I'll keep up with regular updates as the races progress over the next couple of weeks.

Why Is This So Hard and Who Is to Blame?
Job number one of Congress is to pass a budget for the federal government each year. Why else do we have a Congress but to determine the size and spending priorities for the executive branch?

So why can't we seem to get this done in anything resembling an on time fashion?

Okay, I admit that this is better than last year, when the Democratic Congress and President Bush couldn't find any common ground and kicked the can down the road for 6 months until finally passing a pork-laden omnibus spending bill that President Obama signed. But we have a Democratic Congress and a Democratic President. Nobody is even hinting that Obama is picking any fights or threatening any vetos. So why are we almost three weeks into Fiscal 2010 (which started in October) and we still don't have most of a budget?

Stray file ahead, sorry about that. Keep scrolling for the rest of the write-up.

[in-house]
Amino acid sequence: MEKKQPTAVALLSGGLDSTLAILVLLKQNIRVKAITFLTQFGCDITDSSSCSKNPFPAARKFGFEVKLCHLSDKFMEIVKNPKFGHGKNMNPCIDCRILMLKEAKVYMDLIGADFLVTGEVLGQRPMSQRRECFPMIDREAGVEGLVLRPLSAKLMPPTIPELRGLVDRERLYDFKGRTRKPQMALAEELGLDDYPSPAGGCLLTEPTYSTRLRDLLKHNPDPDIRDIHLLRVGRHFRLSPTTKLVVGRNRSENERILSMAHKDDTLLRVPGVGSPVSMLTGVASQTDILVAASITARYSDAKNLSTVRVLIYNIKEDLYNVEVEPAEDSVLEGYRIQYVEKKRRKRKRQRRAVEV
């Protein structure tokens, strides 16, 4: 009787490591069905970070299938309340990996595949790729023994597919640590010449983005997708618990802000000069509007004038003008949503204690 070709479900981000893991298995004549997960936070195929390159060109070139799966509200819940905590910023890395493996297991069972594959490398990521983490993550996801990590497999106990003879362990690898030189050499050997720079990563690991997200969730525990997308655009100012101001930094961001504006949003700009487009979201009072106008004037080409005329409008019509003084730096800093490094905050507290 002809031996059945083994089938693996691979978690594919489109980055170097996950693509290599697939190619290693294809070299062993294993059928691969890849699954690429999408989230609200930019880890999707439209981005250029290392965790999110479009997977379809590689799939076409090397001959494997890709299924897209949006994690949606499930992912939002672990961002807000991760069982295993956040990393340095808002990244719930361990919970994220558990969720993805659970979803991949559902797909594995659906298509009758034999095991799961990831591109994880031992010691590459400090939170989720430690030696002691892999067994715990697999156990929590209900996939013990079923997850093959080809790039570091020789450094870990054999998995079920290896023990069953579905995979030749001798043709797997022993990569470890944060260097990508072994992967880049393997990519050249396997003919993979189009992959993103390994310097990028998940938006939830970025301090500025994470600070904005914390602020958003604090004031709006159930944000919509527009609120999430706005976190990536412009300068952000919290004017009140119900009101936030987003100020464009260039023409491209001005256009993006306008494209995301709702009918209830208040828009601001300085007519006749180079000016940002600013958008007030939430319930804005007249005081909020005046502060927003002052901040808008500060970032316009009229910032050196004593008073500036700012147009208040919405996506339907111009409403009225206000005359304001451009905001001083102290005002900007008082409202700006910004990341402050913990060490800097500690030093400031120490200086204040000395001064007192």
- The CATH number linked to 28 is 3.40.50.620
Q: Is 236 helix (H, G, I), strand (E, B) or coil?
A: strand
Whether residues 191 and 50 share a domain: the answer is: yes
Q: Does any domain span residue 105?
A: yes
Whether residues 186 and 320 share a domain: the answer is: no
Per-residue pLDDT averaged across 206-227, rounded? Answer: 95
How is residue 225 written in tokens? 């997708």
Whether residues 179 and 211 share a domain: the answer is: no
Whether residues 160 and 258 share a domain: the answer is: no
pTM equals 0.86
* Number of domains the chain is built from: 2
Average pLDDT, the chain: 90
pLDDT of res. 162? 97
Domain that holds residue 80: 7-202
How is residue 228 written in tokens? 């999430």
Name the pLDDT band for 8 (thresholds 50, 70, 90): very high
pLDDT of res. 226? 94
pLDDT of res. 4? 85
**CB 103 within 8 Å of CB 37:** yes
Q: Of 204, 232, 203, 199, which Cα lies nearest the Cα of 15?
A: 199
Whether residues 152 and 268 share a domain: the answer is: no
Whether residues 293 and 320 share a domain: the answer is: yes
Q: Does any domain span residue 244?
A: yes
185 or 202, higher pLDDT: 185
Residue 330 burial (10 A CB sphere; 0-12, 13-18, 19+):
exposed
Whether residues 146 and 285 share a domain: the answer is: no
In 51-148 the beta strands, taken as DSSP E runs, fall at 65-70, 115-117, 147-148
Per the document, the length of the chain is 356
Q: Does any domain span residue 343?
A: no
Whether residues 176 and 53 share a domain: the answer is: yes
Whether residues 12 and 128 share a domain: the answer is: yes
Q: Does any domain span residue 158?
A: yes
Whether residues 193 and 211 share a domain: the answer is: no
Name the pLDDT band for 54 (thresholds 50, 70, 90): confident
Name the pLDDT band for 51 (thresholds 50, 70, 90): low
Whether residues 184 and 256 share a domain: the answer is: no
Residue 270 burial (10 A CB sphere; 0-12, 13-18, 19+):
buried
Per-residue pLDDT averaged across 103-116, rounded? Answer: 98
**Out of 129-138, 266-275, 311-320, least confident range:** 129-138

The chart below shows the current status of all the major appropriations bills:
As you can see, the only bill to actually become law so far has been the legisilative branch appropriations bill, which also contained a continuing resolution, which kept the government open by extending Fiscal 2009 spending policies for one month (through October 31st.) Beyond that, two bills have been passed by congress and are expected to be signed by the President shortly. Still, massive chunks of the federal budget remain an unknown.

So who is to blame? Harry Reid and the Senate Democratic leadership. As you can see from the chart above, the House of Representatives (where all the bills have to start out, per the constitution) passed every major appropriations bill by the end of July. This left all of August and September for the Senate to pass its versions, the conference committees to get together and iron out the differences and both houses to pass the conference report.

The Senate simply didn't get the job done. There are STILL 8 major cabinet departments for which the Senate has not passed a version of appropriations. At this pace, we are sure to have another continuing resolution for some departments while the Senate continues to work at a snails pace.